Byrne came galloping up on his horse to join the sheriff, after having ensured that the stagecoach and its passengers were secure. The driver had his steeds back in control and the injured man had been dragged into a nearby building. The bearded man stopped his horse alongside Alexander and held his rifle at the ready.

Byrne heaved a silent sigh of relief as reinforcements came. The Glenn Rock sheriff and his deputies came galloping over, adding to the defensive line. Most of them held rifles and had revolvers holstered on their belts.

The gang drew up at the last minute, spinning their horses in tight circles. The beasts neighed and snorted, protesting the rough handling. More shots were fired into the air.

After letting their horses dance in place for a time, as if reluctant to admit they were outnumbered, the leader of the bandits yanked his mount around and kicked it into a gallop, forcing through his own comrades and charging out of town as quickly as they had come. The others turned their horses and followed, leaving no evidence of their visit but churned dirt and a cloud of dust.

Alexander dropped his arms with a heavy sigh. He had been terrified throughout the ordeal and suddenly his body felt as if it were made of jelly. Absently he wondered if he could stay in the saddle. Holstering his weapon, he turned to his companion as if just noticing his presence. “Have you been there all the time?”

Byrne gave him a strange look, then turned his horse and headed back to the stagecoach. Alexander remained still for a long while, not trusting his ability to stay in the saddle if his horse should move. When he had regained his composure somewhat, he directed his horse to where the stagecoach still stood. The local authorities had split up, most to chase after the bandits and ensure they did not return, while one deputy got the full story from the coach driver.

The stagecoach horses had their heads down, working the bits in their mouths; foamy sweat covered their bodies. Byrne was listening to the conversation between the coach driver and deputy when Alexander dismounted and teetered over to them. The bearded man moved off as the hapless sheriff approached, relinquishing the situation to a man of greater authority.

The deputy, still mounted, noticed Alexander approaching, leading his horse. The dazed sheriff paused as his boot clunked against something on the ground. Bending to retrieve his badge, he stared blankly at the divot left in the metal by the outlaw’s bullet.

“Hey, thanks for holding them up while we got our horses saddled,” the deputy said, extending his hand. Alexander reached up to shake it. His grip was weak. “Gotta say though, you’re a new breed of crazy, taking on a gang like that alone. What’s your name friend?”

“Alexander Judge. I am headed for Flintridge to serve as the new sheriff.” He paused for a moment, making sure he had answered every question posed to him. “I was not alone, though,” he added, thinking of how Byrne had come to his aid.

“Oh, right, your deputy?” The Glenn Rock lawman cast about, searching for Byrne. “Where’d he go? He was here a minute ago.”

Alexander looked around as well. He could see no sign of the bearded man. “Er, he is not my deputy. He is just a stranger I met on the train. As far as I know I do not have a deputy yet.”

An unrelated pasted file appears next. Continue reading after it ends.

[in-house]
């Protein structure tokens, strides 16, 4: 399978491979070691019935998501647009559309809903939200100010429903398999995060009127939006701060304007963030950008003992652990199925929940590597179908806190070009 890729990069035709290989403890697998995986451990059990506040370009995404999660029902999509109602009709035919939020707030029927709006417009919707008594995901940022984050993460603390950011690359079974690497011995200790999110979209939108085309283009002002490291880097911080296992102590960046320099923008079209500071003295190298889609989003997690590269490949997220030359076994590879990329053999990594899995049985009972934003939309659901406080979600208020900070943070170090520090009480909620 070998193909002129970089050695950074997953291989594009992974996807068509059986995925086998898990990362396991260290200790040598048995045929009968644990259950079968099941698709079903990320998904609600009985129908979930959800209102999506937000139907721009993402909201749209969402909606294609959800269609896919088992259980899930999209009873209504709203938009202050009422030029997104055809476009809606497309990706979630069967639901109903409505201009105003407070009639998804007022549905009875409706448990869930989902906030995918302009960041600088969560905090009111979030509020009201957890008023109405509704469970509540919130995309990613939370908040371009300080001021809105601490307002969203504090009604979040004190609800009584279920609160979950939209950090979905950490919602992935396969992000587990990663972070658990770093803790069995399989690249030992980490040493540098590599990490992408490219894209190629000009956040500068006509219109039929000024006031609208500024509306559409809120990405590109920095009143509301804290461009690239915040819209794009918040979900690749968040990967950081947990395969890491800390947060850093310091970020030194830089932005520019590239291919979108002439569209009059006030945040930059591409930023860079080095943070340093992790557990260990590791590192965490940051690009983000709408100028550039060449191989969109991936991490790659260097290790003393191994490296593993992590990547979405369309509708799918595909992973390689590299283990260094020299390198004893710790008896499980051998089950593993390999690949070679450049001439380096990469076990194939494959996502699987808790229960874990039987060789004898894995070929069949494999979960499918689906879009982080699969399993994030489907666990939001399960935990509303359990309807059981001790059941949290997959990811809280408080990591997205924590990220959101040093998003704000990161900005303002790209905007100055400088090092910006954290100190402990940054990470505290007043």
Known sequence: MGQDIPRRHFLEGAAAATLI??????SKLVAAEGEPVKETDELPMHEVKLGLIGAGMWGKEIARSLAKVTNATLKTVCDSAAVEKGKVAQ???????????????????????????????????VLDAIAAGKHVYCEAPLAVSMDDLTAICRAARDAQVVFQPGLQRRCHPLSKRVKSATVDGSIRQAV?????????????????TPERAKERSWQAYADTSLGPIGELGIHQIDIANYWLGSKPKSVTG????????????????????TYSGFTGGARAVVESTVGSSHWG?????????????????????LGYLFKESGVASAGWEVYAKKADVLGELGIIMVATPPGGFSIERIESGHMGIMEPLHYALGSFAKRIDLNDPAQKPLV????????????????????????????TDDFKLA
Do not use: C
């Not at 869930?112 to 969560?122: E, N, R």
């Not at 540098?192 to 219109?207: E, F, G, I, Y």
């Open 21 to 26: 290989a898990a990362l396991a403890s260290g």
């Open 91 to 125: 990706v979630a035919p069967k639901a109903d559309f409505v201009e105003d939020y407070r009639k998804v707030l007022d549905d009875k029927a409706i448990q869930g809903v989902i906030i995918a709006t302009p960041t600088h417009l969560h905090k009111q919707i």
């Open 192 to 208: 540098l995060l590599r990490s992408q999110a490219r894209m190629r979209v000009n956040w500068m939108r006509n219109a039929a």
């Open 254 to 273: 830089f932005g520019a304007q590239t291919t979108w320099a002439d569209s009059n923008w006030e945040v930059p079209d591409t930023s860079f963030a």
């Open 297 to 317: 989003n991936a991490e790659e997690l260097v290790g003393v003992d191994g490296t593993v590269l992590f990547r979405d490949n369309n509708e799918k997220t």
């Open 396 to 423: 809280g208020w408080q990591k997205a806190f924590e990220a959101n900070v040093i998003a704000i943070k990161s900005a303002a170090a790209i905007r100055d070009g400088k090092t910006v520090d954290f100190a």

“Uh huh. Well if you’re planning on pulling stunts like that on a regular basis I’d suggest you get a couple deputies to back you up. For starters, get the man that helped you today.”

“Is there much trouble out in Flintridge?” Alexander could not quite keep the troubled tone from his voice.

The deputy shrugged and laid the reins on his horse’s neck. “No more’n any other town out here. You deal with the usual stuff: Indian raids, bar brawls, brothels, and then of course there’s the outlaws. Today you met the Hayes-Lawson gang. I reckon you haven’t seen the last of them, either. They’ve been stepping up their game the past several months.”

Alexander stared at the deputy with a furrowed brow. All of a sudden, he was feeling overwhelmed, dizzy, distraught. How would he, a single lawman, cope with the so-called ‘usual stuff’ of the Wild West? It was far more rugged and uncivilized than the society to which he was accustomed.

The deputy must have noticed his change of expression for he let out a laugh meant to reassure and clapped Alexander on the shoulder. “Don’t worry about it, help is just two days’ ride. Any time you need extra muscle send word back here to Glenn Rock. We’re more’n happy to help out, at least until you get a posse of your own rounded up.”

“Much obliged,” Alexander said, appreciating the offer but unable to fathom being isolated so far from the next town. Two days’ ride just to send for help? Undoubtedly any criminal would make a clean getaway in that time. “What were they after?”

“Ha! What are bandits ever after? The coach was carrying a moderate payroll, some mail, the usual. Once we see that delivered to the railway and get fresh horses hitched up you can take the coach to Flintridge. Godspeed my friend!”

Alexander did not feel at all reassured.

A/N: If you enjoyed this excerpt, please consider purchasing the full book on Amazon: https://www.amazon.com/Flintridge-Ahi-Keleher-ebook/dp/B07F7Y7S48